In this part of the 2020 Visionaries series, we look at media and spirituality in the next decade and beyond. Authors include: Cory Ondrejka, Andrew Keen, Roy Speckhardt, and Ayyā Gotamī. Compiled by the World Future Society during 2010
Recently, a colleague and I were discussing media and technology as being “social” or “not social”, and what this means in terms of private social networks, or PSNs, as an investment. I won’t go into the gory details of why we’ve been talking about this, other than to say that whatever determination we make ultimately boils down to understanding human behavior, and more importantly, emotion.
I’ve long maintained that phenomena like “social media” are behaviors, more so than channels or applications or types of media inventory, what have you. There are extrinsic factors at play like market movements, various forms of scarcity, supply and demand levers, etc. and there are intrinsic factors like human emotion that are rarely, if ever, discussed when it comes to making investments in these types of ventures. Concepts of haptic or emotional design have been around for a while, but to be clear, I’m alluding to something much more profound....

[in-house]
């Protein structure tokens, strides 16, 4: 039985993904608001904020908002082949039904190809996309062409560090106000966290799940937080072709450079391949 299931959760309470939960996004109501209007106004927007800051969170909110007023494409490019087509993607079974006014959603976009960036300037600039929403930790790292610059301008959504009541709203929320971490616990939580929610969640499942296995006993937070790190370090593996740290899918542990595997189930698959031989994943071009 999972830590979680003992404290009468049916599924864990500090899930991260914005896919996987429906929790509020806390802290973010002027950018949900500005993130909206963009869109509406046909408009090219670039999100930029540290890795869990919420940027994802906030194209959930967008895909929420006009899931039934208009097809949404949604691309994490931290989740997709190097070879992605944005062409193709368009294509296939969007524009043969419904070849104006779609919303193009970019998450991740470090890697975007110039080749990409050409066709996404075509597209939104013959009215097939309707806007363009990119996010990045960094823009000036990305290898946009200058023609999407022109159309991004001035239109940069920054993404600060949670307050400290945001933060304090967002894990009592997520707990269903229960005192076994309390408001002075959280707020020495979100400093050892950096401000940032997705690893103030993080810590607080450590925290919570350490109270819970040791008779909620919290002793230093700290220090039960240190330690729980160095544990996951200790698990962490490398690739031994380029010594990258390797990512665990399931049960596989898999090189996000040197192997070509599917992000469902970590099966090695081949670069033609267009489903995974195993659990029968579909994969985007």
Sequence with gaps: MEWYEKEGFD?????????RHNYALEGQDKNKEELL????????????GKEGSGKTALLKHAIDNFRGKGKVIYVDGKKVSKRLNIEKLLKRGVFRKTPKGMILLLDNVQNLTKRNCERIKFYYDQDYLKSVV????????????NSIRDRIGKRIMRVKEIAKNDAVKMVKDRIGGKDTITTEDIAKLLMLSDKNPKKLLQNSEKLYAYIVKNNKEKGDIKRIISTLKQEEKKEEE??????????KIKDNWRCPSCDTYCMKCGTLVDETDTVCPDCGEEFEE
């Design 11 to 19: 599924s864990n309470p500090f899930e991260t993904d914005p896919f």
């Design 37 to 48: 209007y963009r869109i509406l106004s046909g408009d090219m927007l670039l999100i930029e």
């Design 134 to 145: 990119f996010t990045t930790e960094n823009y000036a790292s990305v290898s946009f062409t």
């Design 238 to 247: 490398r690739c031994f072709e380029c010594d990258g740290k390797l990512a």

More than 100 delegates have attended two key Eurovision meetings about the future of radio. Multimedia Meets Radio took place in Turin, in September, and was followed by the Digital Radio Conference in October.
Here are five core lessons gleaned from both conferences.
1. Digital Radio has passed the tipping point
2. New formats are being created for new platforms
3. Binaural will soon deliver a personalized 5.1 experience.
4. We are not re-inventing radio, just future-proofing it
5. Programmes about social issues can be popular with youth audiences.